NEW YORK – The area where I grew up in Greenwich Village features historic buildings with plaques touting the equally historic people who graced them with their presence. Eleanor Roosevelt once spent the night here. Dylan Thomas disgraced his liver on our ground floor. Edgar Alan Poe once tore up a failed poem. They’re fun, but after a while I stopped noticing, and started being dismissive.
Recently however, Los Angeles-based street artist Kai unknowingly called my bluff with his New York visit, where he’s attached his own molded cement plaques to apartment buildings, businesses and traffic lights. Despite how well they blend into their surroundings, the pictures, some playful but most with some sort of social message stopped me in my tracks.
My first double take occurred near the East Broadway F train stop, one of what Kai calls his relief sculptures looked stately next to a wheatpaste. In this picture, a cop holds a nightstick above his head, a shield with the words POLICE in front of him. What is the police officer so afraid of that requires so much armor? The answer is a protester with a crooked smile, discreetly, but unmistakably taking a picture of said cop with a flip phone’s camera.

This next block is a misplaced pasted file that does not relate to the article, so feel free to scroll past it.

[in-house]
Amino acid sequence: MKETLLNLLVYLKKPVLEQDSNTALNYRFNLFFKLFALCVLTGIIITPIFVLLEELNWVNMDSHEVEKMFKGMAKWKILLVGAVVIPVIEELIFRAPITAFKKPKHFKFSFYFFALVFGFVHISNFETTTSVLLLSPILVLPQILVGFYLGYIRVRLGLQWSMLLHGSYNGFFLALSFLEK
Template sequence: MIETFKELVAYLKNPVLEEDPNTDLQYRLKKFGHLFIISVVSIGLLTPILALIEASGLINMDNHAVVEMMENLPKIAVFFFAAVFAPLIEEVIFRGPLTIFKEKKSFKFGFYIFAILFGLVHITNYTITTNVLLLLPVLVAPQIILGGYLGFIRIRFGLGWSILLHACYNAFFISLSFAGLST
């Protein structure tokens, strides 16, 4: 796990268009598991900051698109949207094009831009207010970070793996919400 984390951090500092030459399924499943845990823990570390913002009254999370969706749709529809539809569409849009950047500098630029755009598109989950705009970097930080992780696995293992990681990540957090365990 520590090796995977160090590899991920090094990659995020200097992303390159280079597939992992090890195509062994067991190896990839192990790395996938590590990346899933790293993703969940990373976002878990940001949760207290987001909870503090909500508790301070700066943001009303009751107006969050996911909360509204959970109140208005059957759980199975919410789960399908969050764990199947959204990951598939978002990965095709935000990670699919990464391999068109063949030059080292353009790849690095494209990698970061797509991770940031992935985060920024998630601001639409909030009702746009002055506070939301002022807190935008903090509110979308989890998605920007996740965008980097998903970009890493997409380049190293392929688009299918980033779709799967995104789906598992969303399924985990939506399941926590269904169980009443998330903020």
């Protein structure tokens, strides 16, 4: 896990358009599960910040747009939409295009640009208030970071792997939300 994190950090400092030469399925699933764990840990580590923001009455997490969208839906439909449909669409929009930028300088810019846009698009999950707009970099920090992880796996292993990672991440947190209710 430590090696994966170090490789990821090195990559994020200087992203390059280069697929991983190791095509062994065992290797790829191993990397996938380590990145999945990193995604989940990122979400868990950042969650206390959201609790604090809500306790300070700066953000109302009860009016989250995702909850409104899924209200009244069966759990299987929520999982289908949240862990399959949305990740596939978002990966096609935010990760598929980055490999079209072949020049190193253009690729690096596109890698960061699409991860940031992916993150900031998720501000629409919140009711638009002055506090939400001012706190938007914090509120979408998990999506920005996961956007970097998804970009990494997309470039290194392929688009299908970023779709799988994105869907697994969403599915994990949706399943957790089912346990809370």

On Orchard Street, just below Broome, another relief sculpture hides in plain site on the turquoise wall of Dudley’s restaurant. Here, a bank robber with a ski mask, tools strewn around the floor, opens a vault to reveal the word LOVE carved in the cement, letters arranged just like pop artist Robert Indiana’s LOVE sculptures, a public art icon in both New York and Philadelphia. I don’t know if it was intentional, but I love the idea of one piece of public art paying homage to another, when one is legal and the other not so much.
In an interview with Ratter, Kai claimed to have over 100 pieces up in New York. I’ve only caught a few so far, but I can’t wait to make my new game, “Where’s Kai,” my next replacement for Waldo.
By ILANA NOVICK